A descriptive analysis of the activities of the Atlanta Public School's community education planning committee

Norman H. Thomas, Atlanta University

Abstract

Purpose

The primary purpose of this study was to provide a descriptive analysis of the procedures and processes utilized by the Atlanta Public Schools' Community Education Planning Committee in the development of a system-wide school community involvement plan. As a means of accomplishing the aforementioned purpose, the writer acted as a participant-observer and monitored all of the activities of the above mentioned Committee.

Methodology

The descriptive-analysis was the research methodology used in conducting this study. The writer acted as a participant-observer and utilized the techniques of observation, informal interviews and/or conversations, recorder of minutes and attendance, researcher, and writer of the final draft of the proposed plan.

Conclusions

Taking into consideration the writer's observations, analyses, and conversations with all of the individuals involved in this project, the following conclusions and implications are deemed appropriate:

1. Given adequate time, staff support, and directions, individuals with diverse experiential backgrounds can work on a project of this nature and scope with an acceptable degree of success.

2. Given similar responsibilities, group composition and conditions, the professional members of the group would tend to disagree among themselves more often than any of the other categories comprising the total group.

3. Under circumstances similar to the ones described in this study, the students would provide the least amount of input with regard to the development of the end product.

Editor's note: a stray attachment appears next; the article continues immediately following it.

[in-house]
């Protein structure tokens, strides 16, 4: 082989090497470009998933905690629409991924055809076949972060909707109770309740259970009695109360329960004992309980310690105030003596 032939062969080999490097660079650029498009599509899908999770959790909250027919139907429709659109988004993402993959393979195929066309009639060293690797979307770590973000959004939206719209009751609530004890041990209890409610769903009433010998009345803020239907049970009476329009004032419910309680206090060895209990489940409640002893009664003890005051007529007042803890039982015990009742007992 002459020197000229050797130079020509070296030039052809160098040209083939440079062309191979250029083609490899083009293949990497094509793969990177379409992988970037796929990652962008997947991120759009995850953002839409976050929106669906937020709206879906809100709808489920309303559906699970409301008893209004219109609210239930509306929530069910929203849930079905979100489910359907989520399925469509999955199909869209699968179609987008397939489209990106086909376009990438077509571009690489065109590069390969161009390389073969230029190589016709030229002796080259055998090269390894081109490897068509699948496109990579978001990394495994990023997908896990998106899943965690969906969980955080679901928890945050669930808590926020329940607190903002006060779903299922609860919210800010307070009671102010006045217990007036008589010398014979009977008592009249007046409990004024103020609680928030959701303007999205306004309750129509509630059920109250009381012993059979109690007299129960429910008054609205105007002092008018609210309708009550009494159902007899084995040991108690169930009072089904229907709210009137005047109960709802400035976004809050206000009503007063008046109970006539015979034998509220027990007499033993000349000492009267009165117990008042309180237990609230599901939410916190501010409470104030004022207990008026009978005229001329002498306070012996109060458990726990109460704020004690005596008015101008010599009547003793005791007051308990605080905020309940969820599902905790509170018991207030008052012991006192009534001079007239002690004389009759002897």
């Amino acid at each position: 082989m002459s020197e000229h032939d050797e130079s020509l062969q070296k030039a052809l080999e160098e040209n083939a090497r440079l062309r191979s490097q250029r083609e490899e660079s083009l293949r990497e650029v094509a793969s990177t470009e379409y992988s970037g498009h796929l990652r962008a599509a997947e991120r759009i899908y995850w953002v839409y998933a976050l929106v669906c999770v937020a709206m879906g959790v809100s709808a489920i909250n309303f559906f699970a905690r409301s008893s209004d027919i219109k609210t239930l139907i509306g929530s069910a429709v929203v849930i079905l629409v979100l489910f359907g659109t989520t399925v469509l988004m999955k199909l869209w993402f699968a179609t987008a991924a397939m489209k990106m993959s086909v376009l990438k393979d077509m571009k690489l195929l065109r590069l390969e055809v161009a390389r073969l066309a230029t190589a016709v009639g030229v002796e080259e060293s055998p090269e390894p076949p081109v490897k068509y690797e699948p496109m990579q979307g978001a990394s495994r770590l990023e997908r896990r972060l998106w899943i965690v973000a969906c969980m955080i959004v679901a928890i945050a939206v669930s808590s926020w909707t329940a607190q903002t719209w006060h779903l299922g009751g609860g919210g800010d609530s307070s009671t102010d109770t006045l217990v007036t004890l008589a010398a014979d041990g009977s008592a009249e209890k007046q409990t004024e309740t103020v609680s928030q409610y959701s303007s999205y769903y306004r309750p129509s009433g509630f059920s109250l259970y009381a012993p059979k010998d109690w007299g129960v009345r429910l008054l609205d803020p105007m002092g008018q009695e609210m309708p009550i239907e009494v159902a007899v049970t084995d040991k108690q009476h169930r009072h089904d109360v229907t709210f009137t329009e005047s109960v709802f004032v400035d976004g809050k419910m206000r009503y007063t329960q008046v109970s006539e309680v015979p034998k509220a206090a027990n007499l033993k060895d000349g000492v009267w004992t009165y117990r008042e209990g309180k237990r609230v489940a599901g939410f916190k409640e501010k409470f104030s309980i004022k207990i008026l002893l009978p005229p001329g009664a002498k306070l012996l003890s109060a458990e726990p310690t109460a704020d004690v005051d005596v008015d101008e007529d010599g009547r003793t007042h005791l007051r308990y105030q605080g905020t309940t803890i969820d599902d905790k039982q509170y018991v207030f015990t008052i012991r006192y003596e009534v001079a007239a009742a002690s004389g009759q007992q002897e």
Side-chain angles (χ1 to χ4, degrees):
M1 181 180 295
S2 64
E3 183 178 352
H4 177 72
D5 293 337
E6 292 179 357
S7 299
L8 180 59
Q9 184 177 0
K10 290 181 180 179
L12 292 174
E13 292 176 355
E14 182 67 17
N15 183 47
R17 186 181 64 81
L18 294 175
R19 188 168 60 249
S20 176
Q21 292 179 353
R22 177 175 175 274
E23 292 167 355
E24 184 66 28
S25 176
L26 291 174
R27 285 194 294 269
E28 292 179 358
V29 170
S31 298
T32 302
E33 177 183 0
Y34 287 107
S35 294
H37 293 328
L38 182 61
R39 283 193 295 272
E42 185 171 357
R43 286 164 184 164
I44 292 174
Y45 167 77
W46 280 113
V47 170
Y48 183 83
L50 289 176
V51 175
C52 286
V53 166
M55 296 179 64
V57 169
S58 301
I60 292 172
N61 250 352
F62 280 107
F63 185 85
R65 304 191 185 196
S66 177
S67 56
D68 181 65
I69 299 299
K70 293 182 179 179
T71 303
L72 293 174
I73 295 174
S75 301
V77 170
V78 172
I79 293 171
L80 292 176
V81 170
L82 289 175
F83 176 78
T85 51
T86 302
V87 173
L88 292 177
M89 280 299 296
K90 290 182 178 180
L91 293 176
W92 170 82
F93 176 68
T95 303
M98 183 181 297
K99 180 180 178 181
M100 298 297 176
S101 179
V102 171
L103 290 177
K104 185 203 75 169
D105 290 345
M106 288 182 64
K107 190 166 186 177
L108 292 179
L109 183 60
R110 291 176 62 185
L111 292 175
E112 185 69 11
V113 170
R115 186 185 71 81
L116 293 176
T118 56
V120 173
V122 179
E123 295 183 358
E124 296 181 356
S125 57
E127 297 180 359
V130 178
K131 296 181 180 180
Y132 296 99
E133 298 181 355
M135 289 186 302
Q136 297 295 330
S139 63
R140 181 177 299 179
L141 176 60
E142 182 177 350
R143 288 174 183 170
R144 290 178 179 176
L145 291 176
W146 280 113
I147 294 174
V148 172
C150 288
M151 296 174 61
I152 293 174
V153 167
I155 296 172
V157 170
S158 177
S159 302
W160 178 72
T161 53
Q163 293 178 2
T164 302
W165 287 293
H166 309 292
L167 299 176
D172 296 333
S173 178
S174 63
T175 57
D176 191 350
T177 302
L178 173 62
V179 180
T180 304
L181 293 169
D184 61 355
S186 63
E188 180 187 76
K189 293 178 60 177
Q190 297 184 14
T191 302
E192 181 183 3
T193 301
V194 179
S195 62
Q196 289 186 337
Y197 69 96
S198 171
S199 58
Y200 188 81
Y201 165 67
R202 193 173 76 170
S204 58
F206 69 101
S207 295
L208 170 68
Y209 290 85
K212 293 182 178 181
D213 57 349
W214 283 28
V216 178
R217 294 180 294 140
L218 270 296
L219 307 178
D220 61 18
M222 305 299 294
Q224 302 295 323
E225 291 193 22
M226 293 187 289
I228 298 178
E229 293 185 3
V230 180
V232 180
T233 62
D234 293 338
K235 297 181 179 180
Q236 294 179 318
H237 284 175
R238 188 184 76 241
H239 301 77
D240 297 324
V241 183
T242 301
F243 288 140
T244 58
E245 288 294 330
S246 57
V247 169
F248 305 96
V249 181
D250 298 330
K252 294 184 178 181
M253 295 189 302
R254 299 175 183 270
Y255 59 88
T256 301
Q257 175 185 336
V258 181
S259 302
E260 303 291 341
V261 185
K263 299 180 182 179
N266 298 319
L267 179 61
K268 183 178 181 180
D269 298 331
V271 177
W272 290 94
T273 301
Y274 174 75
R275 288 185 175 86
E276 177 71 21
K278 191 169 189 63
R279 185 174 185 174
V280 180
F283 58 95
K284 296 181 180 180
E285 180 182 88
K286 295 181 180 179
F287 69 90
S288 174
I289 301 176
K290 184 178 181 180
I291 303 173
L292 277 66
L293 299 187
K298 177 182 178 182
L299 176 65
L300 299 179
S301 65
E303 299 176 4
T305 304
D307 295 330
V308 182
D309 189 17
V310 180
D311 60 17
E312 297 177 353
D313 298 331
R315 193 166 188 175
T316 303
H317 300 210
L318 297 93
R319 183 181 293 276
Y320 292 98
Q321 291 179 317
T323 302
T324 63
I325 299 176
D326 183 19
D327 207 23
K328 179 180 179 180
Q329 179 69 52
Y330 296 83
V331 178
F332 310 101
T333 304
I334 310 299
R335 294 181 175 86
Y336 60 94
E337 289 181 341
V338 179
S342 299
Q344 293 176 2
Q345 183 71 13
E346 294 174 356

4. The level of individual and group participation in a project similar to the one described herein is influenced greatly by the following factors:

a. The amount of time the individual can contribute to the project.

b. The individual's assessment or view of the importance of the tasks being carried out by the total group.

c. The individual's perceived importance of the activities conducted by the group with respect to his immediate situation. In brief, people tend to take more interest in and support those projects that they feel are related to their personal and/or professional situations.

5. Individuals in groups similar to the one discussed herein, who do not become personally attached to a given plan (idea), tend to serve more effectively as mediators than those persons who do.

Recommendations

The findings, conclusions, and implications of this study warrant the enumeration of the following recommendations:

1. School-community planning of this scope and magnitude should consider

carefully the following factors:

a. The most appropriate time during the school year to develop such a project.

b. The school system's commitment to the area in which the school community group has been asked to work. In brief, the school system should be in a position to assure those persons working on plans for the system that what they have been asked to develop is needed and will be implemented in part or in toto.

c. The amount of time needed to complete the project.

d. The number and varied experiential backgrounds of the persons selected to serve on the school-community planning group. Careful attention should be given to ensuring balanced representation in all categories comprising the group. In brief, if the group has five parents, it should have five students, five teachers, five administrators, five community representatives, etc. This measure would reduce the possibility of one faction within the group overwhelming the others. Also, since student attendance was lower than the other groups comprising the Committee, student representation could possibly be increased as a means of ensuring more student participation.

e. The amount of staff support needed to assist the group in completing its tasks.

2. If the school-community planning group is designing a program that is system-wide in scope, the superintendent should present the formal charge to the membership. This formal charge from the superintendent should outline in definitive terms what the group is being asked to do, why they are being asked, and what will become of their recommendations. Additionally, the time frame for completing the project should be presented.